Updated August 2015
SSEM Comprehensive Exam Review
Exam sessions will consist of a three hour Morning Session (9:00 AM-12:00 Noon), followed by a one hour break for lunch (12:00 Noon- 1:00 PM), followed by a three hour (1: 00 PM - 4: 00 PM) Afternoon Session.
The test is administered through Blackboard. Your proctor will read you instructions prior to beginning the exam and students will be required to review the instructions listed within blackboard prior to beginning the exam.
In the afternoon it is NOT possible to return to any Morning Session question. No extensions of time are permitted. All exams and exam materials will be collected no later than 12:00 Noon for the Morning session and 4:00 PM for the Afternoon session. No exceptions. If you have an emergency and must leave the testing area and not return until beyond the time limit, you will have to retake the entire session the next time it is offered. An exception is that it is a “short time” emergency and you can return within the allotted time to complete the session- no extension of time will be permitted. You may also take the Afternoon session provided you have returned by 1:00pm after having left due to an emergency. Bathroom Breaks are permitted.
This is a CLOSED BOOK test so no materials can be used during the exam to assist in answering the questions.
Sequence of Test
As noted and listed in your handout, the three(3) Morning session questions for those in the OLD CORE will come from SSE 815(SSEM Administration); SSE 822(Workers’ Compensation/Labor Law); and SSE 826 (Emergency Preparedness and Response). The three (3) Afternoon questions will come from SSE 833 (Legislation and Regulatory Compliance); SSE 865(SSEM Auditing); SSE 880(Research/ Planning). For those in the NEW CORE Morning session questions will come from SSE 815(SSEM Administration); SSE 827(Issues in Security Management); and SSE 826 (Emergency Preparedness and Response). The three (3) Afternoon questions will come from SSE 833 (Legislation and Regulatory Compliance); SSE 865(SSEM Auditing); SSE 885(Quantitative Analysis in SSEM). Students admitted into the program beginning in FALL 2013 are in the NEW CORE. If you are unsure you can view your DegreeWorks which will indicate your Core Classes required or email me at firstname.lastname@example.org for assistance. You should only answer questions from those classes that you have taken.
For each session you are to only answer TWO (2) of the THREE (3) questions. This flexibility is due to the consideration that you may not have taken a particular course with the professor writing the question. Thus it is, HIGHLY ADVISABLE, for you to initially review all 3 questions before you begin recording your responses. Use this initial time to make any notes or to outline the answer you intend to write. Should you attempt an outline, it would be prudent to type this in case you run short of time. This gives the grader(s) an idea of what you would have typed. IT IS 100% YOUR RESPONSIBILITY TO KEEP TRACK OF YOUR TIME — YOUR PROCTOR IS NOT BEING ASKED TO DO THIS, NOR IS THE PROCTOR BEING COMPENSATED FOR THEIR TIME BY EKU.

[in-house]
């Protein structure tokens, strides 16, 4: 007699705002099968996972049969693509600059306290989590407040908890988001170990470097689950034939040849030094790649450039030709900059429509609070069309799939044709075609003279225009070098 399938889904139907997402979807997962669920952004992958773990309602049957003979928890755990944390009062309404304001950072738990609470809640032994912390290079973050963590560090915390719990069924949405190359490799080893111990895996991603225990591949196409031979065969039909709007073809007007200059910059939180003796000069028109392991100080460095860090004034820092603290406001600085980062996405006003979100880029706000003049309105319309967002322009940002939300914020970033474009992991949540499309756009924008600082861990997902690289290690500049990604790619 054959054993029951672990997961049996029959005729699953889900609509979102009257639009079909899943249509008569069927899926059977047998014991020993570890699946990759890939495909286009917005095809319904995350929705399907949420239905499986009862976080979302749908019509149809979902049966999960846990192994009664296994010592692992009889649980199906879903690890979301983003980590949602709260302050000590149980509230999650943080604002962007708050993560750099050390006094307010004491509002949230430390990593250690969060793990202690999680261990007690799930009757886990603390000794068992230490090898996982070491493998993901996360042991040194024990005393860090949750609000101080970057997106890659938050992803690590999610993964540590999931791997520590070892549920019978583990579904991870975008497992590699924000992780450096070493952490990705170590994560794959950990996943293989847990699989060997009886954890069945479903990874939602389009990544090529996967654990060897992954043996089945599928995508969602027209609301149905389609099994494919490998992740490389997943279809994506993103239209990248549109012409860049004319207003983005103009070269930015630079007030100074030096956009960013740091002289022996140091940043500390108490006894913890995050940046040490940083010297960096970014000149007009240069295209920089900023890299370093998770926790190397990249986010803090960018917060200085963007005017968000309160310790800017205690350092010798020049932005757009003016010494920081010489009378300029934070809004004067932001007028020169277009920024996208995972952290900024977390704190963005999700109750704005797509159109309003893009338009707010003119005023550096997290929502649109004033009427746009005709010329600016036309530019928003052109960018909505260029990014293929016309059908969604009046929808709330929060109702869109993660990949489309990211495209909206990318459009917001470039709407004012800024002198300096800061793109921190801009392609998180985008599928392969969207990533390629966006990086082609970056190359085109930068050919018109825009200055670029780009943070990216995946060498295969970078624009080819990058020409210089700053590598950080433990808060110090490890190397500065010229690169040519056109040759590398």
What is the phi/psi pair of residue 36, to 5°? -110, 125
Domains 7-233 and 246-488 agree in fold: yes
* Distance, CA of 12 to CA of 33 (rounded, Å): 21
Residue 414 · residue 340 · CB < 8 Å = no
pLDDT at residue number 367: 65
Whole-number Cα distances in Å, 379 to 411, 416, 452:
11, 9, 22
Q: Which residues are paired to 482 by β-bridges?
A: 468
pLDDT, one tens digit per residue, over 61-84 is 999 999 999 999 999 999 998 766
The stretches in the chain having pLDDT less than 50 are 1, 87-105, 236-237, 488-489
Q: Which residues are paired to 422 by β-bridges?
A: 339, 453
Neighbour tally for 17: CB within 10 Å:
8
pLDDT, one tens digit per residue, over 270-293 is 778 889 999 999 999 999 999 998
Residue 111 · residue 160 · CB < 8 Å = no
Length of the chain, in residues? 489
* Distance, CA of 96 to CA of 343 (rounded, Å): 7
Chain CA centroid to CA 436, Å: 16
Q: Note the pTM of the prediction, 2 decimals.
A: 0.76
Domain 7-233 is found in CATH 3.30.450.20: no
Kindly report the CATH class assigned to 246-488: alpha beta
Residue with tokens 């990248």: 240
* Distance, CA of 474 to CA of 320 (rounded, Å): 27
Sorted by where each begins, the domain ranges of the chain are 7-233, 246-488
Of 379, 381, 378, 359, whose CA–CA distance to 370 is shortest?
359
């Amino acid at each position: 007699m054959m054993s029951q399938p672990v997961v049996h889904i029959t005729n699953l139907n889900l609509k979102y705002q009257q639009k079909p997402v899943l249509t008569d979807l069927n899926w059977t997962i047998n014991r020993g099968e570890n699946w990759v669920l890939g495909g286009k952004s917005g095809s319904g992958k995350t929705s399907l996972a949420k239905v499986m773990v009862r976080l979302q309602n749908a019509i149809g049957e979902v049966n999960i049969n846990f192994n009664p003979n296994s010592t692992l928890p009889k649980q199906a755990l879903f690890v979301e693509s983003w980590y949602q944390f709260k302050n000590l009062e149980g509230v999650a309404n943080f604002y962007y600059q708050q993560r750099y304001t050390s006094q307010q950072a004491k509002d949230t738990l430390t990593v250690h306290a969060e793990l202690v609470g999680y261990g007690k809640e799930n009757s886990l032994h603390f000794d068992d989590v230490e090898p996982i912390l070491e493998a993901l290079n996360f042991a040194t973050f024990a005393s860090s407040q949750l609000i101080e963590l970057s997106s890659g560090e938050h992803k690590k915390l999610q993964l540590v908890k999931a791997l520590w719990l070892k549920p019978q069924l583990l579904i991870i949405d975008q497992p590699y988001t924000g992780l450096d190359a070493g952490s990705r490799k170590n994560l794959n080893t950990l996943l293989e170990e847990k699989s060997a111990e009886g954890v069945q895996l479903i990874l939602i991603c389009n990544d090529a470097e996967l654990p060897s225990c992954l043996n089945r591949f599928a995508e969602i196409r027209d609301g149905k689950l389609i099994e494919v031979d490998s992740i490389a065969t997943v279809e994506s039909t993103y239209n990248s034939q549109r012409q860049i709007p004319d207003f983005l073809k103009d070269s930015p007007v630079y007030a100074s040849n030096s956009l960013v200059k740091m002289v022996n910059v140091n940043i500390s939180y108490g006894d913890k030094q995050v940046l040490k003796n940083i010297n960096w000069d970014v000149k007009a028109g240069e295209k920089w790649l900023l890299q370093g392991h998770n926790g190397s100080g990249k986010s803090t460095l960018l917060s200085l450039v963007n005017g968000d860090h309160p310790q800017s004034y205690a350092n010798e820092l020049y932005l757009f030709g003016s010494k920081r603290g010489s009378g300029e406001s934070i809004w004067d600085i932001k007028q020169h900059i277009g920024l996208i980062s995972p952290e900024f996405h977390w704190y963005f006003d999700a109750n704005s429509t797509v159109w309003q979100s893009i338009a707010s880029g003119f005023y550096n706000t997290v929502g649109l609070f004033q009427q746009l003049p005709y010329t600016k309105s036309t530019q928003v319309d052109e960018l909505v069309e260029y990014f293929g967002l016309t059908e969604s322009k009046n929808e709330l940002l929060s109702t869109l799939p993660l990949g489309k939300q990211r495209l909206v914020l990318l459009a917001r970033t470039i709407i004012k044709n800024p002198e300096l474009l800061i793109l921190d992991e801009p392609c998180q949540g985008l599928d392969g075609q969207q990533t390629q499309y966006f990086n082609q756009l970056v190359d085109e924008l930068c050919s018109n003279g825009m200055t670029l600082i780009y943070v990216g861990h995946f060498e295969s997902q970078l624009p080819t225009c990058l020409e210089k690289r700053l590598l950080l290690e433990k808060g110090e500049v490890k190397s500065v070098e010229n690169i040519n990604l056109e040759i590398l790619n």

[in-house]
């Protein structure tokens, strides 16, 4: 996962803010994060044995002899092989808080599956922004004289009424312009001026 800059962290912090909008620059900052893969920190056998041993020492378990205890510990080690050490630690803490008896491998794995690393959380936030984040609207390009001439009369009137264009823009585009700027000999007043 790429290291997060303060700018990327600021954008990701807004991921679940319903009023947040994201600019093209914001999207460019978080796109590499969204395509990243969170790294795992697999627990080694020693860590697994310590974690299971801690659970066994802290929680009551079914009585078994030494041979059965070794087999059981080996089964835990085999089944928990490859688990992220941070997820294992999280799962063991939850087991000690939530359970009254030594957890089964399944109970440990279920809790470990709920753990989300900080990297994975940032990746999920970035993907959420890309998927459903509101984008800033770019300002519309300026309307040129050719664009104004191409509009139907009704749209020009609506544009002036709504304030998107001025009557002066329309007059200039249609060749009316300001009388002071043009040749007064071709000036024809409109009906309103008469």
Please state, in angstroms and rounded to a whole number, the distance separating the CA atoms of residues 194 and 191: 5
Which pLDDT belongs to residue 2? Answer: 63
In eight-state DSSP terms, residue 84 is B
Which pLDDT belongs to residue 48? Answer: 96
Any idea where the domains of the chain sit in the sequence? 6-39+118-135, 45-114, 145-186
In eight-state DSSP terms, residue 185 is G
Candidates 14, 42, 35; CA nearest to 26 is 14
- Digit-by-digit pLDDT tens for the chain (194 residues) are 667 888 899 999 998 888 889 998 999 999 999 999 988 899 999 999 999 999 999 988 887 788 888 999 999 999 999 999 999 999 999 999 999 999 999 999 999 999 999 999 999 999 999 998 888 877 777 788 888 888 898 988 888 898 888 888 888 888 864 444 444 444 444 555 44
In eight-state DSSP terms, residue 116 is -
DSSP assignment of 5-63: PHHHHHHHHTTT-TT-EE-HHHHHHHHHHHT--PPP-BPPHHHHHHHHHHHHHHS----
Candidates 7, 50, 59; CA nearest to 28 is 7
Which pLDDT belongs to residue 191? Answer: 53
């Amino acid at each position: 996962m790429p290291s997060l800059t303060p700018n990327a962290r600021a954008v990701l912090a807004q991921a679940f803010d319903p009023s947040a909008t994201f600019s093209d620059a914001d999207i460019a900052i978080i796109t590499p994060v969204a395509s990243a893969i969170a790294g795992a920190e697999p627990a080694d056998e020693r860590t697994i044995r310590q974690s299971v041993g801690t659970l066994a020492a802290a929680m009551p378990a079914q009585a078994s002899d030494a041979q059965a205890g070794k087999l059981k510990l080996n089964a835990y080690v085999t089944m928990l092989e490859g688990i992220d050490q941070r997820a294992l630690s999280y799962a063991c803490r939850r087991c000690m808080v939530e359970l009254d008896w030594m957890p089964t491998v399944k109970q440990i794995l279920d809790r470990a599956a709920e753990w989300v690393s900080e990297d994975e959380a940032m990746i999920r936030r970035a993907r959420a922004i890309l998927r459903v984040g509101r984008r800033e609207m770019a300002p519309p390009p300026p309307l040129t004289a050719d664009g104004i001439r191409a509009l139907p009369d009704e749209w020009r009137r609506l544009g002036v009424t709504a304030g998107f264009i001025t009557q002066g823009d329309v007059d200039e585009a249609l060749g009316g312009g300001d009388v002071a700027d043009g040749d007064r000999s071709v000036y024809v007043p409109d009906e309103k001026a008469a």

The SSEM instructor who wrote the question will grade the question. He or she will assign either a HIGH PASS; PASS; LOW PASS; or FAIL grade. The grade that you receive from EKU Graduate School Office will be either PASS or FAIL.
WHEN SHOULD I BEGIN PREPARING FOR THE EXAM?
You should already have begun. Review the past exam questions and you should see a pattern of the content of each question. Most questions for the exam will not be created by the professor until a few days prior to the exam date, but in plenty of time for your proctor to receive the exam. Please be certain that you have turned in your proctor form and that your proctor has been approved by Kim Chitwood.
PITFALLS TO AVOID/OTHER QUESTIONS
1. Failure to read the question carefully and not answer all parts.
2. Failure to get a good night’s sleep- your best offensive weapon is a clear head!
3. Should you be unclear as to what is being asked, begin your answer with a statement that reads something like this: “I am answering the question assuming you are asking this “. Do not ask your proctor for clarification.
4. Do not depend entirely upon material found in old exam questions. A current exam question could be along an entirely new line of reasoning from previous questions. Know the basic concepts and be able to apply them to the scenario presented.
Share with your friends: